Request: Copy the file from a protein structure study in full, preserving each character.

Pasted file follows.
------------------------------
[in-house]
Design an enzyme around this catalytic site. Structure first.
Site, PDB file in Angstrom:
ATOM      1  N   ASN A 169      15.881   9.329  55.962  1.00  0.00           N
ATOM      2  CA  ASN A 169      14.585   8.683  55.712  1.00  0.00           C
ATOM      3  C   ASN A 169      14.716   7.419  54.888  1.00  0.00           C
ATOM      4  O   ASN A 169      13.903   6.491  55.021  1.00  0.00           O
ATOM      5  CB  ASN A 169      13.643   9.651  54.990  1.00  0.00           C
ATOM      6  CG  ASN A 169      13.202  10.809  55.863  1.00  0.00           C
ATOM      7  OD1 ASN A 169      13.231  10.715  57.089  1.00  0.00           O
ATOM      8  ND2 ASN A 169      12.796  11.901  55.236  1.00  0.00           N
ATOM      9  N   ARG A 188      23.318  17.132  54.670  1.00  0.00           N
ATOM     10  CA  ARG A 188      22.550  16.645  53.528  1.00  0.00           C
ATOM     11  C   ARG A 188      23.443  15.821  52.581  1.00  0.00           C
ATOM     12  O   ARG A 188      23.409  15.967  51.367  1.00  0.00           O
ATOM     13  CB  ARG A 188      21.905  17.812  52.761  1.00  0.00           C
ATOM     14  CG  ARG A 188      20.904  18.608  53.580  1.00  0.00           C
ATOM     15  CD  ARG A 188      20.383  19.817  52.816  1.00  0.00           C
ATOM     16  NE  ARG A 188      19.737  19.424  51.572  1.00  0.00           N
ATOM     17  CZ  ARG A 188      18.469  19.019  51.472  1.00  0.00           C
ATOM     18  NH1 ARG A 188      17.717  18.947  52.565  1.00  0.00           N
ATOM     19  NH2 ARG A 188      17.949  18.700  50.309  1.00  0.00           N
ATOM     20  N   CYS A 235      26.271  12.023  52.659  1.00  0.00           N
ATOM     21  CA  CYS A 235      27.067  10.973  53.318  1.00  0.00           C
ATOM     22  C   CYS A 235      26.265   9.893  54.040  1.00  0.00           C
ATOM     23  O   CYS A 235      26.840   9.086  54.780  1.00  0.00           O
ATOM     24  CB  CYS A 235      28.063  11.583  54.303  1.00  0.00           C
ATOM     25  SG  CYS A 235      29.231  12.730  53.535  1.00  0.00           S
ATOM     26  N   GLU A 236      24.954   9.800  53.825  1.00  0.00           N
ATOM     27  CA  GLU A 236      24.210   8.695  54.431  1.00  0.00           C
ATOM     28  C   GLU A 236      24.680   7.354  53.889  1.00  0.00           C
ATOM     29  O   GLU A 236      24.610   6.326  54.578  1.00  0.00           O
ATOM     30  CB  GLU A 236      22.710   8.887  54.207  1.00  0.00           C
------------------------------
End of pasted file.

[in-house]
Design an enzyme around this catalytic site. Structure first.
Site, PDB file in Angstrom:
ATOM      1  N   ASN A 169      15.881   9.329  55.962  1.00  0.00           N
ATOM      2  CA  ASN A 169      14.585   8.683  55.712  1.00  0.00           C
ATOM      3  C   ASN A 169      14.716   7.419  54.888  1.00  0.00           C
ATOM      4  O   ASN A 169      13.903   6.491  55.021  1.00  0.00           O
ATOM      5  CB  ASN A 169      13.643   9.651  54.990  1.00  0.00           C
ATOM      6  CG  ASN A 169      13.202  10.809  55.863  1.00  0.00           C
ATOM      7  OD1 ASN A 169      13.231  10.715  57.089  1.00  0.00           O
ATOM      8  ND2 ASN A 169      12.796  11.901  55.236  1.00  0.00           N
ATOM      9  N   ARG A 188      23.318  17.132  54.670  1.00  0.00           N
ATOM     10  CA  ARG A 188      22.550  16.645  53.528  1.00  0.00           C
ATOM     11  C   ARG A 188      23.443  15.821  52.581  1.00  0.00           C
ATOM     12  O   ARG A 188      23.409  15.967  51.367  1.00  0.00           O
ATOM     13  CB  ARG A 188      21.905  17.812  52.761  1.00  0.00           C
ATOM     14  CG  ARG A 188      20.904  18.608  53.580  1.00  0.00           C
ATOM     15  CD  ARG A 188      20.383  19.817  52.816  1.00  0.00           C
ATOM     16  NE  ARG A 188      19.737  19.424  51.572  1.00  0.00           N
ATOM     17  CZ  ARG A 188      18.469  19.019  51.472  1.00  0.00           C
ATOM     18  NH1 ARG A 188      17.717  18.947  52.565  1.00  0.00           N
ATOM     19  NH2 ARG A 188      17.949  18.700  50.309  1.00  0.00           N
ATOM     20  N   CYS A 235      26.271  12.023  52.659  1.00  0.00           N
ATOM     21  CA  CYS A 235      27.067  10.973  53.318  1.00  0.00           C
ATOM     22  C   CYS A 235      26.265   9.893  54.040  1.00  0.00           C
ATOM     23  O   CYS A 235      26.840   9.086  54.780  1.00  0.00           O
ATOM     24  CB  CYS A 235      28.063  11.583  54.303  1.00  0.00           C
ATOM     25  SG  CYS A 235      29.231  12.730  53.535  1.00  0.00           S
ATOM     26  N   GLU A 236      24.954   9.800  53.825  1.00  0.00           N
ATOM     27  CA  GLU A 236      24.210   8.695  54.431  1.00  0.00           C
ATOM     28  C   GLU A 236      24.680   7.354  53.889  1.00  0.00           C
ATOM     29  O   GLU A 236      24.610   6.326  54.578  1.00  0.00           O
ATOM     30  CB  GLU A 236      22.710   8.887  54.207  1.00  0.00           C